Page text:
Corrosion of carbon steel is an issue of primary importance in a number of industries, including marine, oil and gas, and the energy and power sectors as it can compromise the integrity of the asset and lead to structural failures. The use of specialised coatings is the most common way to prevent steel corrosion. In recent years, the use of nano-additives in coatings is one of the most promising routes to develop high performance anti-corrosion systems.
This PhD programme aims to obtain a better understanding of the enhancements in corrosion protection of steel by the use of nanoparticles in coating formulations. Specifically, the influence of the nanoparticles on the corrosion protection properties of the modified coating and their interactions with the coating formulation are being studied. Silica and ceria nanoparticles are incorporated into a polysiloxane-based matrix in this study, with the focus on understanding how and why these nanoparticles can improve the corrosion protection provided by the coating. Coating durability and corrosion protection are investigated using different methods, including electrochemical impedance spectroscopy (EIS), adhesion, abrasion and scratch tests, surface imaging and accelerated testing in a simulated marine environment in a salt spray chamber.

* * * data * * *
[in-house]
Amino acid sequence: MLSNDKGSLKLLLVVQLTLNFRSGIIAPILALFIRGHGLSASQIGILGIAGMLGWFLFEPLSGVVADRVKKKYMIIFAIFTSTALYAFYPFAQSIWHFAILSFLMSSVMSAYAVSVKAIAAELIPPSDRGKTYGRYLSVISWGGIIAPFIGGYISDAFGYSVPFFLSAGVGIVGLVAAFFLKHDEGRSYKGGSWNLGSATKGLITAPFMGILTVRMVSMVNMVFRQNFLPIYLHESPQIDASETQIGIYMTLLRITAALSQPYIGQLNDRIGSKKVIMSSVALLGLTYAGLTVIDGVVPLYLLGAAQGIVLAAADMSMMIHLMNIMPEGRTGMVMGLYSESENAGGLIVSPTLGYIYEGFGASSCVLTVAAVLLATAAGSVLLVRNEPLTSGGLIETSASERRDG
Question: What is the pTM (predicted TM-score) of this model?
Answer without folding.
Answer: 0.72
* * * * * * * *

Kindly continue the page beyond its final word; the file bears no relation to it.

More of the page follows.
Many challenges remain before the full potential of nanotechnology in corrosion protection can be fully realised. It is anticipated that providing new know-how about the influence of nano-additives on the properties and performance of the coatings will contribute to the industrial adoption of these enhanced coatings in the future.